When American citizens are living and working abroad, they usually end up having to pay income taxes in the country where they are currently residing. Since they are still American citizens, these people are also under an obligation to file tax returns with the United States. However, the IRS permits citizens who are clearly not living in the US to deduct up to $80,000 of their income under the international tax exclusion so they are not forced to pay taxes twice on a single income.
The IRS has come up with two tests to determine a person’s eligibility for this deduction: the bona fide residence test and the physical presence test. Both tests are designed to determine if an American citizen working and living abroad is gone from the United States long enough to justify excluding them from the obligation of having to pay income tax in this country on their income earned abroad. Citizens only need to satisfy one of these tests to qualify for the international income tax exclusion.
Are There Exceptions to the Bona Fide Residence and Physical Presence Tests?
There are two exceptions to meeting the requirements under the bona fide residence and physical presence tests for international tax purposes. They are:
- Waiver of Time Requirements
- U.S. Travel Restrictions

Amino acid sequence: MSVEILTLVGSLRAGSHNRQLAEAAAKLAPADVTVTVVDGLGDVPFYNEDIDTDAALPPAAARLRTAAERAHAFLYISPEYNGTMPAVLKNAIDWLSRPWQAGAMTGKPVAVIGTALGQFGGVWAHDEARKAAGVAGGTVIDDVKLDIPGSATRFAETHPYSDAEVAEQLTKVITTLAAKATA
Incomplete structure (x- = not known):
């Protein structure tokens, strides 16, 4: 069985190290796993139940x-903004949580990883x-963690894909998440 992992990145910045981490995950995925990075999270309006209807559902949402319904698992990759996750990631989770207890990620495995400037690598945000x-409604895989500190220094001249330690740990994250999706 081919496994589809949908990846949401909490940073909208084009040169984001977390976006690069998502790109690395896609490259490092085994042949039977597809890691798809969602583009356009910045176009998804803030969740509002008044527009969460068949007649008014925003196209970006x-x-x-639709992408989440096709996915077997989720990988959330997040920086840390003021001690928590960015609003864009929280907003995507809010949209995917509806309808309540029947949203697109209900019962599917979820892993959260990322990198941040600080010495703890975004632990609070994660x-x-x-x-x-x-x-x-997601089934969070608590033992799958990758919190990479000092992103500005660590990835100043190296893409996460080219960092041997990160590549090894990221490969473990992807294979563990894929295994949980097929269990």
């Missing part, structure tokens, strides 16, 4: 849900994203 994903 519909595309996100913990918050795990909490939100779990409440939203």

What Is the Waiver of Time Requirement?
Both the bona fide residence test and the physical presence test usually contain minimum time requirements. However, minimum time requirements can be waived if you must leave a foreign country because of:
- Civil unrest; or
- Similar adverse conditions.
What Else Do I Have to Show for This Requirement?
You also must be able to show that you reasonably could have expected to meet the minimum time requirements if not for the adverse conditions. To qualify for the waiver, you must actually have your tax home in the foreign country and be a bona fide resident of, or be physically present in, the foreign country on or before the beginning date of the waiver.
What Does the IRS Mean by U.S. Travel Restrictions?
Living in foreign countries in violation of U.S. travel restrictions will not qualify you as a bona fide resident of a foreign country. Income from sources within such countries does not qualify as foreign earned income. Housing expenses in that country while you are in violation of the law cannot be included in figuring your foreign housing amount. The only country to which this restriction applies to is Cuba, excluding the United States Naval Base at Guantanamo Bay.
Do I Need a Lawyer?
International tax is a complex area of the law that an experienced attorney can help you with. You may want to consult a tax lawyer or financial lawyers if you are unsure of your tax qualifications.